Finally, Jesus teaches us during the storm. This is perhaps the hardest for me. There are times that I don’t want to be taught. I just want to get through the storm as quick as possible. But it is imperative that we learn whatever lesson our Teacher wills us to learn.  Peter learned a lot that day out on the sea. He learned that alongside Christ anything (even walking on water) is possible. He learned that the moment we take our eyes off him and put them onto our circumstances we begin to sink. He learned that our Lord is always there to lift us up the moment we cry out, “Lord, save me.”

Are you in a storm of life? Is there a lesson the Master of the Wind is wanting you to learn?  He brings you to the storm. He prays for you in the midst of the storm. He comes to you while you are in the storm. He teaches you in during the storm. Trust in Him.

Salt & Light, Our Children & Public Schools

SaltAndLightChristians1Ephesians chapter 5 tells the believer to have no fellowship with the unfruitful works of darkness, but rather expose them. It goes on to say wake up; redeem the time, because the days are evil.  I believe a lot of Christian parents are beginning to wake up to the truths of public education. In the past decade the number of homeschooled children has increased by 62%. With the Supreme Court’s decision to legalize same-sex marriage nationwide, the force of Common Core, humanistic and atheistic teaching, and safety concerns across the nation, homeschool organizations are anticipating even further growth.

A few weeks ago I ran into a pastor who has been taking a stand on the LBGT within our local school board. He mentioned that he didn’t know what he and his wife were going to do about their children being in public school. He’s concerned, and rightly so. In light of society, I’m concerned for Christian parents who are not concerned.

There is a humanistic agenda within the system – from the top down.  For years US Education Secretary Arne Duncan has been speaking out about this agenda. Then last week after the Supreme Court ruling on gay marriage the Department of Education flaunted its support by changing their Facebook profile page to the gay rainbow. And it is only going to get worse.

Because our government schools have become such a dark place I am so very thankful for our Christian teachers and leaders who are there being salt and light day in and day out. God bless each of them. They are fighting a battle right on the front lines. They need our support and prayers. But what about the Christian youth? Our innocent children? Shouldn’t they be salt and light in our public schools as well? My friend, Jonathan Lewis, one of the founders of Home School Enrichment Magazine has agreed to share his thoughts on this very issue.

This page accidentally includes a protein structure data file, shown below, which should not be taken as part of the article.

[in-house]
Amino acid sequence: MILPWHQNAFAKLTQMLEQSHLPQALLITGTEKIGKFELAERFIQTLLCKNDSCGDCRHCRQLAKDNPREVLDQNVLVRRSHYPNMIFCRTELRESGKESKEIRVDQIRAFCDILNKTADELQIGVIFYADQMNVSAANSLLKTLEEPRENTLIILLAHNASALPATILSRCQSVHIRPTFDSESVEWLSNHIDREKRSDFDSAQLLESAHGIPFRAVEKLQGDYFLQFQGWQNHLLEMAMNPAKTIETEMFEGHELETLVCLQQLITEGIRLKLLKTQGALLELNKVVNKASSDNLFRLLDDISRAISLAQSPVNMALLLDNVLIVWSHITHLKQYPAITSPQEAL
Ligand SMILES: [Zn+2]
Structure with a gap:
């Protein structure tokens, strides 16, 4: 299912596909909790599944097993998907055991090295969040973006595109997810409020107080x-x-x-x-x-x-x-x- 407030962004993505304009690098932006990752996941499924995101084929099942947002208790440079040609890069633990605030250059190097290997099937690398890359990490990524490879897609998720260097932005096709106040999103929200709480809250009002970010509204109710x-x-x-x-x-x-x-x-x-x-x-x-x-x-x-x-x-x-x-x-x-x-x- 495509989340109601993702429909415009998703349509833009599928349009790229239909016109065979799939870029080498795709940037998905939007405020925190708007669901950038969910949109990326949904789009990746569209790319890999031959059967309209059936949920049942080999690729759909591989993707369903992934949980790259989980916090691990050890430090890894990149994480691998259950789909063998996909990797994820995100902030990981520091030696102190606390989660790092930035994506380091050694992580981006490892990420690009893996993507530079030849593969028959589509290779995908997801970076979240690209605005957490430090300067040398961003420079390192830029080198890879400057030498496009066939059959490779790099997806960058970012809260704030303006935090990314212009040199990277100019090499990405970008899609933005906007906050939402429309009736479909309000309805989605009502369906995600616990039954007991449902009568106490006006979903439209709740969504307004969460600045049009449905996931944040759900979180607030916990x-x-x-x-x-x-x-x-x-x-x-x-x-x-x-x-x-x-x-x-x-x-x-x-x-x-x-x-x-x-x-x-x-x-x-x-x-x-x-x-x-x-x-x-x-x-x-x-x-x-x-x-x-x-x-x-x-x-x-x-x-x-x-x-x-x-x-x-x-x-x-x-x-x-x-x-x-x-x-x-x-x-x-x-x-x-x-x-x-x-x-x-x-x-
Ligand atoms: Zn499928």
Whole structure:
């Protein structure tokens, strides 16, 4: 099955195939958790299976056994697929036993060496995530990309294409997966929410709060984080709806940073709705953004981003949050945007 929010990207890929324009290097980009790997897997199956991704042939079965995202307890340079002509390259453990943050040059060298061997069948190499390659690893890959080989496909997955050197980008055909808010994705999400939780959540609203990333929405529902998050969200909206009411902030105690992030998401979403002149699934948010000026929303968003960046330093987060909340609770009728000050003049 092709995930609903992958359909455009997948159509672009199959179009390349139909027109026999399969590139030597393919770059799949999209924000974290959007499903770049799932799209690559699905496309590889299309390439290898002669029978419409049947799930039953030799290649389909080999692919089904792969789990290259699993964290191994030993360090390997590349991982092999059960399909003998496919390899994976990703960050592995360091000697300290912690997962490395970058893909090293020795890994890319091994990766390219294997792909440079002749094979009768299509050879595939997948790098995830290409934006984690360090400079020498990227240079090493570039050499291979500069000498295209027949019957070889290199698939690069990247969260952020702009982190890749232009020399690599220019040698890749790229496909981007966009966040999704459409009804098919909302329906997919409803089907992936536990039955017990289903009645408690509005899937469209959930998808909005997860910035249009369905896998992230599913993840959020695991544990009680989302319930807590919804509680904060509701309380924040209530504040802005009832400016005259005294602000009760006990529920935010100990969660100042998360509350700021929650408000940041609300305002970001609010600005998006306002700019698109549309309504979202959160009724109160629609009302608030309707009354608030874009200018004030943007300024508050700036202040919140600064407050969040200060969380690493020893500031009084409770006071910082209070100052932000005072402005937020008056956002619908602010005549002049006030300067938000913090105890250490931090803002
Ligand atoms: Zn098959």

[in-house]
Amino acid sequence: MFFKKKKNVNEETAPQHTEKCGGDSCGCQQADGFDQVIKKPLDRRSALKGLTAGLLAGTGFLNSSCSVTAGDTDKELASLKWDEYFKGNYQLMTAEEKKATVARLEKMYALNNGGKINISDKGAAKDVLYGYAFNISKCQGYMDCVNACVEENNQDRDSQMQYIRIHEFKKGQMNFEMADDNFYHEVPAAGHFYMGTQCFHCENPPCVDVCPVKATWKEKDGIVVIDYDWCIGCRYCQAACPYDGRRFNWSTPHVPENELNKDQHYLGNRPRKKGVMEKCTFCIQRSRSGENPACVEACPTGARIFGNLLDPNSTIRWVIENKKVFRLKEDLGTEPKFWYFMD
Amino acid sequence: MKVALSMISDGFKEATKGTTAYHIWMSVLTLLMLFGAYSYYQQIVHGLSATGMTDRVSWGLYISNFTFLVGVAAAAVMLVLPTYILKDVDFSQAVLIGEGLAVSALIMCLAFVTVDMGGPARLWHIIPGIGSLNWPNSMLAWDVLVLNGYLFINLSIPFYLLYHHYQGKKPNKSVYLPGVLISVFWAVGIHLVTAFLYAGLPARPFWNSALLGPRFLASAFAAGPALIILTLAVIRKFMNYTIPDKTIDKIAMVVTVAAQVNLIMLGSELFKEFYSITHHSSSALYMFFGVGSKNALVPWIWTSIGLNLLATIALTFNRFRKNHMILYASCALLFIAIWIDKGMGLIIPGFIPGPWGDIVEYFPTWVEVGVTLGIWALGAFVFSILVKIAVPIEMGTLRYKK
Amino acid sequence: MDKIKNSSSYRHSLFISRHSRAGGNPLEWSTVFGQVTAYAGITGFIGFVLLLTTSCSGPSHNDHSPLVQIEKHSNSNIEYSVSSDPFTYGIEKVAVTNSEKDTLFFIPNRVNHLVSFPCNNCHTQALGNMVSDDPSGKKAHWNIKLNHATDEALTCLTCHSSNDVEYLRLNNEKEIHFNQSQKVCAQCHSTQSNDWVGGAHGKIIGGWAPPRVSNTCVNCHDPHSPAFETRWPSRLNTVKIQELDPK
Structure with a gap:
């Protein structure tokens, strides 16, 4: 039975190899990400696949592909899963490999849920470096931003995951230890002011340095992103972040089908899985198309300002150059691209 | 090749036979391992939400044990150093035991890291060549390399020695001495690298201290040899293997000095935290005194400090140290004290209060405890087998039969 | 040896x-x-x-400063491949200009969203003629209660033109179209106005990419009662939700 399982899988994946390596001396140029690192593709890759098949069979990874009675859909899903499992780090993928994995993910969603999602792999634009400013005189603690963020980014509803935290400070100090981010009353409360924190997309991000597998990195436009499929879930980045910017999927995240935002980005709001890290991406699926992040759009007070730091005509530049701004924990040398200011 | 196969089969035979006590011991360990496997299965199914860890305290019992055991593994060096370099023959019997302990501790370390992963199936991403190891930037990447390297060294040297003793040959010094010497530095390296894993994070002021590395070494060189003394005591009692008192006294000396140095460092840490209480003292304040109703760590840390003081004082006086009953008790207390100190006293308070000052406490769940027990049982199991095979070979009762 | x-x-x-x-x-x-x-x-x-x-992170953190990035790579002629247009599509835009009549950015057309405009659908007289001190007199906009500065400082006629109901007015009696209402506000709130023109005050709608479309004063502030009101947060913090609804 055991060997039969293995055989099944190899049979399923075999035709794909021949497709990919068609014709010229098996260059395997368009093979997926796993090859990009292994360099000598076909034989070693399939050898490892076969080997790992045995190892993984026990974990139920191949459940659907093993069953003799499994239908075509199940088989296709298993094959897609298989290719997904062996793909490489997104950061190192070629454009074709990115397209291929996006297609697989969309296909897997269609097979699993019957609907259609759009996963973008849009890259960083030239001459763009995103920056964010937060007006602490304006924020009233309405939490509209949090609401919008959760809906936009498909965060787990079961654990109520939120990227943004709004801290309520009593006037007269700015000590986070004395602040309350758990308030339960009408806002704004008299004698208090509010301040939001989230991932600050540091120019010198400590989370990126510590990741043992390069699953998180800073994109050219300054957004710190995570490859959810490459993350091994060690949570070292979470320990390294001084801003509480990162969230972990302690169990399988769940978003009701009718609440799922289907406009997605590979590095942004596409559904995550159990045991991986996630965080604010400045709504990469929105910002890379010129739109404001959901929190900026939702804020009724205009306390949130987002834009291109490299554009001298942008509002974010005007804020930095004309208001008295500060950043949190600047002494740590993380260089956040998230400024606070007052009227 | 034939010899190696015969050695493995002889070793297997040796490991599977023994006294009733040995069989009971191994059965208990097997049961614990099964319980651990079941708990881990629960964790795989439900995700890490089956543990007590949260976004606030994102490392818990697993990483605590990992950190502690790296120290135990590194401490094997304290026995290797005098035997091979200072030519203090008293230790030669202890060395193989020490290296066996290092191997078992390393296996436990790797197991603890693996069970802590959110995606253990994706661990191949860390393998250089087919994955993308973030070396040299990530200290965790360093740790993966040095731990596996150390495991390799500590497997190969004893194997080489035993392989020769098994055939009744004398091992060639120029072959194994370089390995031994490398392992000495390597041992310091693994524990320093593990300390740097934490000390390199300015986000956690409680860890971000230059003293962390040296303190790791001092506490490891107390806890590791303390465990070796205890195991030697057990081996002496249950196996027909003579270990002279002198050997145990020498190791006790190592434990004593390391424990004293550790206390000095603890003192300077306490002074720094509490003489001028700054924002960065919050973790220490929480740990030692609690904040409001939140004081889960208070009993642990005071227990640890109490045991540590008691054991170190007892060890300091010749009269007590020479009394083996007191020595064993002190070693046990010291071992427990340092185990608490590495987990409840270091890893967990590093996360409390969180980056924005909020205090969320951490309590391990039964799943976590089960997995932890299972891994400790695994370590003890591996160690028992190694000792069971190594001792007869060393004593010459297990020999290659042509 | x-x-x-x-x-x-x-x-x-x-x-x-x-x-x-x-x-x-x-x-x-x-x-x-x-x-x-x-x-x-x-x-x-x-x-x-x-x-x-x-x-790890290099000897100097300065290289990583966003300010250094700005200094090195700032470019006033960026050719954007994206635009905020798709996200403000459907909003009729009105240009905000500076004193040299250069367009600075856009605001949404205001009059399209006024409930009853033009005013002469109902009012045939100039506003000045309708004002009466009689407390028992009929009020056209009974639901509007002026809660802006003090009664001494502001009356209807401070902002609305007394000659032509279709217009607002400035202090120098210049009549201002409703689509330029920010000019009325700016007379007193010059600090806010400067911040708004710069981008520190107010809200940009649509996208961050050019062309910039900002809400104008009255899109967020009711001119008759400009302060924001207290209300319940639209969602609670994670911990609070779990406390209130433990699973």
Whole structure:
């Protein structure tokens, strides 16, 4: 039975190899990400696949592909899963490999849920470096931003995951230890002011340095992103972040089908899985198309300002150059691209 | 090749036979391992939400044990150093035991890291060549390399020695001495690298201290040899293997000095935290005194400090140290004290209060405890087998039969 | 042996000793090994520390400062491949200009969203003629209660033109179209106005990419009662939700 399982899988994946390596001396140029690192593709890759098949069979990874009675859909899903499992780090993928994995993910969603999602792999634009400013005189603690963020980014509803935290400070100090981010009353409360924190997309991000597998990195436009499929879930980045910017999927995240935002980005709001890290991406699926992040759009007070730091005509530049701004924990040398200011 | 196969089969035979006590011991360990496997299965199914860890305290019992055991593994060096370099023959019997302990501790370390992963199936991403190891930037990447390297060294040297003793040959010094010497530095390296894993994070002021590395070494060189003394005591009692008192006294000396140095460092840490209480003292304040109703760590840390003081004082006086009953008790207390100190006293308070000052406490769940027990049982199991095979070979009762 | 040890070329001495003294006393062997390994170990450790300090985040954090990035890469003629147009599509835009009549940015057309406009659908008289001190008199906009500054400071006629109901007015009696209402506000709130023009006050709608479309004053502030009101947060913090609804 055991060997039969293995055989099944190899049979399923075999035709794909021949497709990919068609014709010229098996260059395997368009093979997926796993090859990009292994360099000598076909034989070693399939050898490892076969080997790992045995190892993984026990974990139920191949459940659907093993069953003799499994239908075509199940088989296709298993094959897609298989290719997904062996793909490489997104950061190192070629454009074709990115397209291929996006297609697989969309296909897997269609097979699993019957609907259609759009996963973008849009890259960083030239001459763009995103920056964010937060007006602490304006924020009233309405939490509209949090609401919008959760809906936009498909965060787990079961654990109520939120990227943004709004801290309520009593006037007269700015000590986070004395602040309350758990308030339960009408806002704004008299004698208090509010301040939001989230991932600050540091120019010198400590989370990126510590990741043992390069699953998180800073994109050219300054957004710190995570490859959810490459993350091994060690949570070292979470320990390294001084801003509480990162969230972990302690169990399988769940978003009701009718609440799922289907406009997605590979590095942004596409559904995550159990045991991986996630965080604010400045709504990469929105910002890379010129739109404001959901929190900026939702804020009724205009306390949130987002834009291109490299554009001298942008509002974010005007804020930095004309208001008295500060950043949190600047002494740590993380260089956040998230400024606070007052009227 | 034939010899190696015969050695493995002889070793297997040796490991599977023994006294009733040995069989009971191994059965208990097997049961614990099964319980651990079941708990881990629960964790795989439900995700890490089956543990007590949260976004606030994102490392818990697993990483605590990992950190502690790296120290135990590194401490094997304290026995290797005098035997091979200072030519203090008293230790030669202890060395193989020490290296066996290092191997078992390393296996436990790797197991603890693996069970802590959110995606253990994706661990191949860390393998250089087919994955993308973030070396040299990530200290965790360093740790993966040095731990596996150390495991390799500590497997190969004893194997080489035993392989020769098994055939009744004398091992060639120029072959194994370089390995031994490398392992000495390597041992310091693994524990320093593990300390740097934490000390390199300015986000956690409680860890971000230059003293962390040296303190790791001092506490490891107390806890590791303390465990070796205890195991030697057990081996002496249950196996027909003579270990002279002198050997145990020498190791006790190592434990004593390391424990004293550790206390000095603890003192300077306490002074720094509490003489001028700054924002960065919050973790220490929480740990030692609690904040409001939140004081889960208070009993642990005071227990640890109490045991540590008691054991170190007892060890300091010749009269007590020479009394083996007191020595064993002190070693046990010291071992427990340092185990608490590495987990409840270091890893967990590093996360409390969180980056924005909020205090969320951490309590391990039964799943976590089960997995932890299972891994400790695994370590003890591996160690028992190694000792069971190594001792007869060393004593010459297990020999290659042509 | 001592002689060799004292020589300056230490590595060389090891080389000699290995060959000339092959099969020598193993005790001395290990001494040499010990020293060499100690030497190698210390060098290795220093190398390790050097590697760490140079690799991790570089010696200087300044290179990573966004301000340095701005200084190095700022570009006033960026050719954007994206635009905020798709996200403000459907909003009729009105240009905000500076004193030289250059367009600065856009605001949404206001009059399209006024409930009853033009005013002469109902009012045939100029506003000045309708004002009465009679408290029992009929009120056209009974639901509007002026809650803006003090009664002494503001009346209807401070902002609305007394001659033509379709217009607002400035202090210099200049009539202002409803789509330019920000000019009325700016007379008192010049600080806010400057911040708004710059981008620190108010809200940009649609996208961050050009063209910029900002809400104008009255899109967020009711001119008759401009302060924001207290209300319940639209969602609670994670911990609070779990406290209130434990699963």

Salt & Light

Taking a look at the #1 Christian argument against homeschooling

By Jonathan Lewis

Throughout the years of the modern homeschooling movement, a number of arguments have been raised against home education. Doubtless you’ve heard many of them. “How can an untrained mother teach her children? What about socialization? How are you going to teach higher math? How will your kids get into college?”

In Christian circles, there’s another argument that’s frequently brought up by parents who have opted to send their kids to public school. Perhaps you’ve heard it from parents in your church: “I’m sending my kids to public school to be salt and light,” they say. “If all the Christian kids leave the schools, who will reach the students left behind?”

This argument, because of its spiritual overtones and scriptural reference, often seems more difficult to answer than other arguments against homeschooling. After all, how can we argue against being salt and light? Wouldn’t that mean we don’t care about kids and teachers who don’t know Christ?

This argument has left many current or would-be homeschooling parents feeling torn and conflicted, unsure of how to weigh their responsibility toward their own children against their sense of responsibility to further the Great Commission—to reach the world with the gospel of Christ. Somehow it seems unchristian to leave the schools without a godly influence, and yet . . . should I risk my child’s spiritual well-being by sending him away to school? No wonder parents are feeling torn!

Is there an answer to this argument? Can Scripture be used to justify sending our children to public school? Should we send our children out as missionaries, or should we keep them at home? What is the scriptural answer to this conflicting sense of responsibility parents are feeling?

 The Source of the Argument

The salt and light argument finds its source in Matthew 5:13–16, where Jesus tells His disciples that they are the “salt of the earth” and the “light of the world,” and that they should let their light “so shine before men, that they may see your good works, and glorify your Father which is in heaven.”

Thus, the argument says that Christian kids should attend public school to be a witness for Christ. They further argue that if all Christian kids are removed from the public schools, the students and teachers left behind will be stranded without a voice of truth or the opportunity to see a positive Christian witness.